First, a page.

Posted July 29th, 2011 by outerlimits
I once saw the richly talented Shirley Maclaine in her one woman show at London’s Dominion theatre. Gay men have consistently relished the appeal of Shirley Maclaine - actor, writer, singer and truth-seeker extroardinaire.
Now well into her seventies, Maclaine has hung up her dancing shoes and resides in New Mexico, whose landscape she finds congenial to meditation, or “sageing” as she calls it. She admits even her friends think her “wacky”, but her memoirs are an energy blast as she recalls former lives in Atlantis, and discusses star-beings …..and that means extraterrestrials, not showbiz pals! So, just open your mind as we welcome this very special guest aboard. Read the rest of this entry
Posted December 4th, 2010 by outerlimits
When Mae West famously quipped, “a hard man is good to find”, she could not have envisaged the extent of the modern gay movement’s reliance on porn from mags to movies to the proliferation of domestic cam sites. She was a truly modern woman whose sexual awareness, electrifying satire, and forthright feminism were castigated by the moral majority in 1920s America.
Imprisoned on Devil’s Island for “corrupting the morals of youth”, Mae saw enough homosexuality to turn it into a play called The Drag. It was promptly dropped when she refused to rewrite it to please a nervous theatre manager.
For all her renown, she would have seen the gay porn now surfeiting the scene as pernicious. It is a revelation to look at her career again, which, she claimed, had “a redeeming social purpose”, and, in the light of this, to question where our present gay sexual obsessions are leading us. Read the rest of this entry
Posted September 2nd, 2010 by outerlimits
Gay interest was surely aroused by the preview of Shame (the single and video), combining the talents of Gary Barlow and Robbie Williams for the first time since the latter went defiantly solo 15 years ago. Since then to his recent marriage, Robbie has pursued an unevenly successful career, teasing us with ambiguous messages as to his queer credentials.
Now we have a song of reconciliation and a video with clear visual references to Brokeback Mountain and Butch Cassidy and the Sundance Kid. Barlow and Williams dance holding token females in a bar whilst gazing longingly into each others’ eyes. They both strip to the waist (showing some evident gym work), race joyfully to the top of a mountain ridge with a lake far below it, and then turn their faces back to the sun just as you think they will join hands and jump.
The end of this romantic sequence is perhaps symbolic of what Barlow has admitted may be only an eighteen month joint venture with the band, with Robbie likely to resume his lone career after that. What deserves deeper examination is the gay factor in all this, and how it helps us to decode the hidden meaning of the song’s chorus, “What a shame we never listened…” Read the rest of this entry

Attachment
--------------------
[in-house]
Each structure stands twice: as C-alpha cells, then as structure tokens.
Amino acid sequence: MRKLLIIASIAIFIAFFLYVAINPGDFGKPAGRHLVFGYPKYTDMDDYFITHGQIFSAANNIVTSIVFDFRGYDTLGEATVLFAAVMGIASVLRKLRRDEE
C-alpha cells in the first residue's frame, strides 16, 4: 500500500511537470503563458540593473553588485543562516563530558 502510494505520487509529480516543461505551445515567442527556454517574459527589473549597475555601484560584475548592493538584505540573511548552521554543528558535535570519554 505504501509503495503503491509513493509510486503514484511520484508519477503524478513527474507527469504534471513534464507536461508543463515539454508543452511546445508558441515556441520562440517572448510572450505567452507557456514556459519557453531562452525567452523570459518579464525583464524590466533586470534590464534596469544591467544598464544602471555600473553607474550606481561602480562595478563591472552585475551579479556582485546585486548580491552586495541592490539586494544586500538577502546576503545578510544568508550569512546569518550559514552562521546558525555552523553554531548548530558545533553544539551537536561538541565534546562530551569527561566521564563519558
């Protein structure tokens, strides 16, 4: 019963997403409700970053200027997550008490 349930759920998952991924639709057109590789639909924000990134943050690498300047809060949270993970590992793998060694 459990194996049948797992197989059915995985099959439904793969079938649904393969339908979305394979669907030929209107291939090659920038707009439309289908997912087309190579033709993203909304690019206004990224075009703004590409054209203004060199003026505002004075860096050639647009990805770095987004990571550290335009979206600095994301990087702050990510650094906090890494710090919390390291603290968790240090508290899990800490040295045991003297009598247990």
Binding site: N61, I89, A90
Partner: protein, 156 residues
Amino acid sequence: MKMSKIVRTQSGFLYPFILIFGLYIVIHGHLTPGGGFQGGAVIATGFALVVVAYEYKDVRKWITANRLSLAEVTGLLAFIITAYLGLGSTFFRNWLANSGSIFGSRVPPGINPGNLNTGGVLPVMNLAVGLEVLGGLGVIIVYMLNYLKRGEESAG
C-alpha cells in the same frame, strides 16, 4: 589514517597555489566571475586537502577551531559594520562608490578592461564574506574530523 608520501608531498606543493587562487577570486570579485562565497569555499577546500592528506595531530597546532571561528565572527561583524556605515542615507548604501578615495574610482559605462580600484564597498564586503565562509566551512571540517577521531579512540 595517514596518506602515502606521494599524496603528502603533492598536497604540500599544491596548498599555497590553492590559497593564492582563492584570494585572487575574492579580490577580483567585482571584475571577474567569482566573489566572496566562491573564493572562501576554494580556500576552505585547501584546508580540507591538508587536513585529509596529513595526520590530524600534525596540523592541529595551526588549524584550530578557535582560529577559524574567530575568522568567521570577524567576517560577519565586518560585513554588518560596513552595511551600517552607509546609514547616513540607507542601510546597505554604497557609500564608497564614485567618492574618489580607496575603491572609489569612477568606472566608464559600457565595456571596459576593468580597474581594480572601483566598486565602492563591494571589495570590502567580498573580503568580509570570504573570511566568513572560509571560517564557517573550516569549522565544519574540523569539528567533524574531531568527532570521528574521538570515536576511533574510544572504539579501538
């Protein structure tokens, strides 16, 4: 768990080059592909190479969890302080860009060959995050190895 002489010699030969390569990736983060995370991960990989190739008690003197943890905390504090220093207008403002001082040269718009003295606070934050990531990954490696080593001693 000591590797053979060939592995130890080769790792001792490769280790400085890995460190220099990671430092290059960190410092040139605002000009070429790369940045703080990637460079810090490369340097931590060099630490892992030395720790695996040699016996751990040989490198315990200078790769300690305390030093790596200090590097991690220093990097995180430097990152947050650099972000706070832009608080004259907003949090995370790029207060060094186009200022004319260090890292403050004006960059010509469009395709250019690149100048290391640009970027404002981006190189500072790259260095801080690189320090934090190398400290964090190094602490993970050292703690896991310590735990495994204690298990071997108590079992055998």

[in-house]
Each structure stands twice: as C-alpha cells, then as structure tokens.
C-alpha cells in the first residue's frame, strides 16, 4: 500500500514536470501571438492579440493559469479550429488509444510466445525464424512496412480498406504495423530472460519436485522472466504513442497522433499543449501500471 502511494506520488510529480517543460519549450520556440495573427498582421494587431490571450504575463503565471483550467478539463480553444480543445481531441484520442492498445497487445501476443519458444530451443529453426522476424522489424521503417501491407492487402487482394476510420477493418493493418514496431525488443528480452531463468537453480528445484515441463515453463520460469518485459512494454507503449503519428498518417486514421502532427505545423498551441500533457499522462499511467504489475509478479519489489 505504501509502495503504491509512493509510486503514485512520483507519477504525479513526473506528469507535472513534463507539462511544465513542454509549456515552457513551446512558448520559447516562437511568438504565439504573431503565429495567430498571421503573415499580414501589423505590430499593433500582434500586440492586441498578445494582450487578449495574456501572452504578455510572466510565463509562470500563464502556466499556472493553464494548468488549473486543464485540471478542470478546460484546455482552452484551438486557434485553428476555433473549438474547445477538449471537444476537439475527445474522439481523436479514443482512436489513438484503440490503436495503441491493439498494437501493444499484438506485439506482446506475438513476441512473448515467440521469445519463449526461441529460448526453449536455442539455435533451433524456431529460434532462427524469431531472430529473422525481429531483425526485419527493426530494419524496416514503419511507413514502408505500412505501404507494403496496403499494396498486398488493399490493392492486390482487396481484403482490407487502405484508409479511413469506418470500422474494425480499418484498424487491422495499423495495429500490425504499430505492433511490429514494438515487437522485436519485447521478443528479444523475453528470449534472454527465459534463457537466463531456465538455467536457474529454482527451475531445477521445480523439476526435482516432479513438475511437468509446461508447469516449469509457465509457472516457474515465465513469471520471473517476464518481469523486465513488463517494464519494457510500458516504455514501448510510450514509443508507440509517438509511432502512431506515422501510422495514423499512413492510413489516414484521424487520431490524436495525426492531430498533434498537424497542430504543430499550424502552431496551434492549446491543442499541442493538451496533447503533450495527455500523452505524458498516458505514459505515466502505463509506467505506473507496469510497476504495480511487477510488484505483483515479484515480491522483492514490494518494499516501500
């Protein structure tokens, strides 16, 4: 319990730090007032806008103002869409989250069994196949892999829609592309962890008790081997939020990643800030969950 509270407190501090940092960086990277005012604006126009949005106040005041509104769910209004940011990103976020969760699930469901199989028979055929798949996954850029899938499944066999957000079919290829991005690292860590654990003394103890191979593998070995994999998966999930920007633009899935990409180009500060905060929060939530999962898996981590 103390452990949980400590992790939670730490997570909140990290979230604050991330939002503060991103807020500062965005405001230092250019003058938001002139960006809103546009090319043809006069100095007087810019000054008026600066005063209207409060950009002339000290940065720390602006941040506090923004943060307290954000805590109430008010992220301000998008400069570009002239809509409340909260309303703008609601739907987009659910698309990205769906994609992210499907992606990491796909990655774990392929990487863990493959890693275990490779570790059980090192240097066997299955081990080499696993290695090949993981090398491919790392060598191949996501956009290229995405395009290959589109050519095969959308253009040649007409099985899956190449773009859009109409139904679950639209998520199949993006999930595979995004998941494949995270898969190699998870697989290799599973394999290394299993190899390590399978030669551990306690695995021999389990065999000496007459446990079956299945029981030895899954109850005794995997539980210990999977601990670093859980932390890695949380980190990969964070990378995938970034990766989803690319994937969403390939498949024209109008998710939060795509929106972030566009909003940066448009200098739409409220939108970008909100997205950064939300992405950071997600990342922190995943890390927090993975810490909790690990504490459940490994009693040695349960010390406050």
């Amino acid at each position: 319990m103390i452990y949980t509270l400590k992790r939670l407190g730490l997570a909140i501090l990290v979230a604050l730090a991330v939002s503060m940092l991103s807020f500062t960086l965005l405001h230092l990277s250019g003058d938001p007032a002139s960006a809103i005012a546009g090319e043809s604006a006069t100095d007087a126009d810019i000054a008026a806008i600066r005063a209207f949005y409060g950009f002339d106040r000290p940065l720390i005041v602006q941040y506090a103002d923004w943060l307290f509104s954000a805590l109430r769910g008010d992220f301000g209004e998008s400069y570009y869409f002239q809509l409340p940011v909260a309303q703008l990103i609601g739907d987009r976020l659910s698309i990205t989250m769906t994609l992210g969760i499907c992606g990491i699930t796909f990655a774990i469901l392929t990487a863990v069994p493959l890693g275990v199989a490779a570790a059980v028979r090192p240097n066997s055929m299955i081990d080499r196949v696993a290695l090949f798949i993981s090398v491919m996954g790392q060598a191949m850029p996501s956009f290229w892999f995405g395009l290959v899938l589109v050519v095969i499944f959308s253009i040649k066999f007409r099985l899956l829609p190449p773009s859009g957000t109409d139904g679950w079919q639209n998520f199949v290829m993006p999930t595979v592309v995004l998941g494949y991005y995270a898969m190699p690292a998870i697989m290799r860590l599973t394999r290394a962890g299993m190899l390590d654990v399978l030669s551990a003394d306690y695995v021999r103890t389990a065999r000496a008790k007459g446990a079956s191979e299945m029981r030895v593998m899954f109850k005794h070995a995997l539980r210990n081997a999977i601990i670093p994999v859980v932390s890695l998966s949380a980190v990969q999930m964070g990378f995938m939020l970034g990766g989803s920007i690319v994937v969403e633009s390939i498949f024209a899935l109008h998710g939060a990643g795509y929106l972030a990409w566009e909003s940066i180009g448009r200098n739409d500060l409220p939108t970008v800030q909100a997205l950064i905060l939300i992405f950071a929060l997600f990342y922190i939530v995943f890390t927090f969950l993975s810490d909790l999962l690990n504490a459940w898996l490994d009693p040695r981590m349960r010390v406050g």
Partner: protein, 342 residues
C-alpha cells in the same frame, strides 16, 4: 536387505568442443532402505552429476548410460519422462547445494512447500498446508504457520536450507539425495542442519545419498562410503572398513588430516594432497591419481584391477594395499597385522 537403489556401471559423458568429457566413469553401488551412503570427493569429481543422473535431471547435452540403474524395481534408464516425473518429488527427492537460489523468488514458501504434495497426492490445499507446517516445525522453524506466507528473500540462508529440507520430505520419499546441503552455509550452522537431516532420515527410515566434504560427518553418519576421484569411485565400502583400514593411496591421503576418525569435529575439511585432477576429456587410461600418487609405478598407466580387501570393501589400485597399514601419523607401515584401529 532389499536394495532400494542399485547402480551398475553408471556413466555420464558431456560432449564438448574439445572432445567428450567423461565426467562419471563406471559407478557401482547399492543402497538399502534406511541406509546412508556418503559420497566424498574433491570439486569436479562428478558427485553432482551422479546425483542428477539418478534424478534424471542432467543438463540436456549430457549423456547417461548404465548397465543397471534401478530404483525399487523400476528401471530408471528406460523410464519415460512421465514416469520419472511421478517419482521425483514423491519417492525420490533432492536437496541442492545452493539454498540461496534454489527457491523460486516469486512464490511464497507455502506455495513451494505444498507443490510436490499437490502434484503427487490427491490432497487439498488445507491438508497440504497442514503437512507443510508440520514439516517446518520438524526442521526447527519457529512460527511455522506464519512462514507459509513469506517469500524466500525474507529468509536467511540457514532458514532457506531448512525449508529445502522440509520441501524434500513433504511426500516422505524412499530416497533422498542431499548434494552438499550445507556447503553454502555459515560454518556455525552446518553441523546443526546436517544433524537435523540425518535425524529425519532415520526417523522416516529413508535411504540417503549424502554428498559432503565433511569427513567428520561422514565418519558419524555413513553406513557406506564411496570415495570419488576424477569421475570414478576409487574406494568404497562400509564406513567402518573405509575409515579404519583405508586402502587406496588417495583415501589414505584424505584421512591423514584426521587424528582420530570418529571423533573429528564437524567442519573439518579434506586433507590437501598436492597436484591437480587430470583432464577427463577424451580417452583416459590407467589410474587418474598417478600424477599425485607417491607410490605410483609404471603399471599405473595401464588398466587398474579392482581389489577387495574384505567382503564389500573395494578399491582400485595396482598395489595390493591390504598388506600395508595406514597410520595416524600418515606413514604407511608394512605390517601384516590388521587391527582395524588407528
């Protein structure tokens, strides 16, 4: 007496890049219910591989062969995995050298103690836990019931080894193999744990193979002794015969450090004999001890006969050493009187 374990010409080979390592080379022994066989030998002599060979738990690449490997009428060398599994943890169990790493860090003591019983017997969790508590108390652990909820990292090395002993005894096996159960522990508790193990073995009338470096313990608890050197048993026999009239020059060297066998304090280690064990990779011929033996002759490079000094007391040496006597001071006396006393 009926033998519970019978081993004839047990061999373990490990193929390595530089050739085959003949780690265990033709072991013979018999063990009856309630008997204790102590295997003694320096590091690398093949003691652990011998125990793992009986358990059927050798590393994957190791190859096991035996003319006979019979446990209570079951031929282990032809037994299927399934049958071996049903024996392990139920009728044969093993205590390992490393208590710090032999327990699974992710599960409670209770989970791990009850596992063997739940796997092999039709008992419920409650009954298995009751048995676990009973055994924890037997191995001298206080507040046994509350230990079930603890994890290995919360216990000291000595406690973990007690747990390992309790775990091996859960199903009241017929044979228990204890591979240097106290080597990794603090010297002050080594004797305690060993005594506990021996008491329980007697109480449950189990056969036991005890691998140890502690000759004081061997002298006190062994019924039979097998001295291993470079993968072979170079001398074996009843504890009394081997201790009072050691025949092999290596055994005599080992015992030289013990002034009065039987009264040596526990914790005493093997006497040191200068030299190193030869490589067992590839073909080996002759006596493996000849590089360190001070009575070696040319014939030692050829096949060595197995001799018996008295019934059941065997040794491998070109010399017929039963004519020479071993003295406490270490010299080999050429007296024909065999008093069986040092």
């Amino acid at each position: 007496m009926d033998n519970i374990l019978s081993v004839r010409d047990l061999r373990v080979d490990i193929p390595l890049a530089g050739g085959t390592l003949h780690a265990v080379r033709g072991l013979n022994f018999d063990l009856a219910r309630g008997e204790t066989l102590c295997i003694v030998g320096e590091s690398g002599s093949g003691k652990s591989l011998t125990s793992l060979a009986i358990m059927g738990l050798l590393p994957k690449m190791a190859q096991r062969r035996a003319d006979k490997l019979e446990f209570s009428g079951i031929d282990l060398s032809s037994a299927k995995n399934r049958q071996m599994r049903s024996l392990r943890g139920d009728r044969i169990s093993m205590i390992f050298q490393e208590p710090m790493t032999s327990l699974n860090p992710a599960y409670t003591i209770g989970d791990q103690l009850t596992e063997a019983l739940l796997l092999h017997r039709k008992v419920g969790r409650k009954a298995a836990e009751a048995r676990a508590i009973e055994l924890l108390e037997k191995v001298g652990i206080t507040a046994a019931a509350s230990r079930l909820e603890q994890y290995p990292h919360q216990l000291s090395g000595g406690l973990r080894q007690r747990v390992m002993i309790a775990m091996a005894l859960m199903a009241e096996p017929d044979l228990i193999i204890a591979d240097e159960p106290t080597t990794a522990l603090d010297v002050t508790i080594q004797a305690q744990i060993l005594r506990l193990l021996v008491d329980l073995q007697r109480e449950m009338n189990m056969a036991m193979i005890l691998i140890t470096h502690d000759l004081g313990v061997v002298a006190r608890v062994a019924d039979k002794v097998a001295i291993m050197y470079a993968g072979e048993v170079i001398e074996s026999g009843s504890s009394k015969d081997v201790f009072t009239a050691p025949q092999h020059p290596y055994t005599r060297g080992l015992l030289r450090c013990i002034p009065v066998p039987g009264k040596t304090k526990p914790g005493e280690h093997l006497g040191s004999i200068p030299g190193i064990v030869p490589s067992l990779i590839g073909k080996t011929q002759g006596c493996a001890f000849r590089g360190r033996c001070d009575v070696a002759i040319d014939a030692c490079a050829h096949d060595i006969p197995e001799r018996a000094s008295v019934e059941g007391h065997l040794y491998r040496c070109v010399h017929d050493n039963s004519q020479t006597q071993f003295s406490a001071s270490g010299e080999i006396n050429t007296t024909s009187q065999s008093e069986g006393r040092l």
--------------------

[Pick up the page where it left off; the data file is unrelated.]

Posted July 13th, 2010 by outerlimits
Biggles delivers the goods
Biggles took to the skies long before James Bond came to life in the imagination of Ian Fleming. A great British hero, invented by prolific writer Captain W. E. Johns, was fighting our country’s enemies. Through over a hundred books ( many now sought-after by collectors), Biggles along with his cousin Algernon (Algy) Lacey and the young Ginger Hebblethwaite were adventurers in a white European male-dominated world - far removed from gay cultural developments to come.
While Johns, a First World War pilot (who reached the rank of Lieutenant), went on to pursue a settled heterosexual lifestyle, closer reading of his stories may surprise us in their suggestion of a hero very much in tune with the modern gay movement, even down to some dubious titles: Biggles Gets His Men (1950 ), Biggles Takes It Rough (1961 ), Biggles Takes A Hand (1962 ), and Biggles Sees Too Much (1968 ).
No one could doubt James Bond’s liking for women (reflecting Fleming’s own sexual fantasies), laid on with a trowel in character names like Pussy Galore. By complete contrast, in one book Biggles comments that he much prefers smoking to contact with the opposite sex!
Fast forwarding to the 2005 tv episode of Dr Who which introduced Captain Jack, an RAF volunteer, and we find a character who is a conscious tribute to Biggles, even to the point of having a friend called Algy. Gay actor John Barrowman has since made the role of Captain Jack ( in Dr Who and the Torchwood series) very much his own. Read the rest of this entry
Posted February 15th, 2010 by 1stofficer
Lee Alexander McQueen
Lee Alexander McQueen, aged only 40 and found dead by his own hand on the eve of his idolized mother’s funeral, was a gay fashion designer of undisputed genius. He combined Savile Row craftsmanship with rare imaginative style, from rippling visions of Kate Moss to the intersexual video posturings of Lady Gaga. His last act inevitably stirs memories of the shooting of Gianni Versace in 1997. Self-described as the “pink sheep” of his Lewisham-born family, McQueen was always confidently out and gay, as reflected in his bizarre and spectacular shows. It is significant though that he once compared his creations to armour, giving protection to the wearer, hinting at an inner vulnerability which had its own unerring cut and motif. Read the rest of this entry